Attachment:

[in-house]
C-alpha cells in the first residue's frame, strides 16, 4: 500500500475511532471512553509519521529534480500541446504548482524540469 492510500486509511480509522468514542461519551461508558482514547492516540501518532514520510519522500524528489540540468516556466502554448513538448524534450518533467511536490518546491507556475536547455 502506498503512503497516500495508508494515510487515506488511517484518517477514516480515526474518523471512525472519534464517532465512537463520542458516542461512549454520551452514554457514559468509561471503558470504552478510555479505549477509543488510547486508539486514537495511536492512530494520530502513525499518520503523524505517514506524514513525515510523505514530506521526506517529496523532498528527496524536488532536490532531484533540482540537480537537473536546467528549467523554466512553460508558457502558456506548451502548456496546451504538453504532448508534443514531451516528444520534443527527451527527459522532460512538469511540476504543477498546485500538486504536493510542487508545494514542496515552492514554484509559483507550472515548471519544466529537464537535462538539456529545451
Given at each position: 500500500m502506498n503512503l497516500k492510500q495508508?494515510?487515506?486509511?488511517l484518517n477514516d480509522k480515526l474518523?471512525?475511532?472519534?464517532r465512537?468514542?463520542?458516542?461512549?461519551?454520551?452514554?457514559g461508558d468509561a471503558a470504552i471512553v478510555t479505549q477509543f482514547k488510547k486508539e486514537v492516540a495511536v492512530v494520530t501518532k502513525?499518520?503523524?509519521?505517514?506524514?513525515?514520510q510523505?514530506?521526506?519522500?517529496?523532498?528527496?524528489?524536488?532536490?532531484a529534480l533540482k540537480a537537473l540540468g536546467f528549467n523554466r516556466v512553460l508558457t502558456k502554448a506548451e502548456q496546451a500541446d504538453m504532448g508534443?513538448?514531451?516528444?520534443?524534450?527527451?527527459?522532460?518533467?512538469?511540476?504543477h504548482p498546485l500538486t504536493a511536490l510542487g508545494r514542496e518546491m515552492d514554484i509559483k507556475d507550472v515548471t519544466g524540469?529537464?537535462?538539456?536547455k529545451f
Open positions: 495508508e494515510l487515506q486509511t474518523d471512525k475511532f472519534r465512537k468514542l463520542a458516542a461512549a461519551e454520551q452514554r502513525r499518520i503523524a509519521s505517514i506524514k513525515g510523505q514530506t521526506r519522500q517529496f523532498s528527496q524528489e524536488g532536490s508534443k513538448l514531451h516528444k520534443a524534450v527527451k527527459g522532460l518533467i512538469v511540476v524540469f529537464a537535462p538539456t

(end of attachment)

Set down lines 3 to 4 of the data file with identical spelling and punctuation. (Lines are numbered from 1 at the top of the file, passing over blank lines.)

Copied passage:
Given at each position: 500500500m502506498n503512503l497516500k492510500q495508508?494515510?487515506?486509511?488511517l484518517n477514516d480509522k480515526l474518523?471512525?475511532?472519534?464517532r465512537?468514542?463520542?458516542?461512549?461519551?454520551?452514554?457514559g461508558d468509561a471503558a470504552i471512553v478510555t479505549q477509543f482514547k488510547k486508539e486514537v492516540a495511536v492512530v494520530t501518532k502513525?499518520?503523524?509519521?505517514?506524514?513525515?514520510q510523505?514530506?521526506?519522500?517529496?523532498?528527496?524528489?524536488?532536490?532531484a529534480l533540482k540537480a537537473l540540468g536546467f528549467n523554466r516556466v512553460l508558457t502558456k502554448a506548451e502548456q496546451a500541446d504538453m504532448g508534443?513538448?514531451?516528444?520534443?524534450?527527451?527527459?522532460?518533467?512538469?511540476?504543477h504548482p498546485l500538486t504536493a511536490l510542487g508545494r514542496e518546491m515552492d514554484i509559483k507556475d507550472v515548471t519544466g524540469?529537464?537535462?538539456?536547455k529545451f
Open positions: 495508508e494515510l487515506q486509511t474518523d471512525k475511532f472519534r465512537k468514542l463520542a458516542a461512549a461519551e454520551q452514554r502513525r499518520i503523524a509519521s505517514i506524514k513525515g510523505q514530506t521526506r519522500q517529496f523532498s528527496q524528489e524536488g532536490s508534443k513538448l514531451h516528444k520534443a524534450v527527451k527527459g522532460l518533467i512538469v511540476v524540469f529537464a537535462p538539456t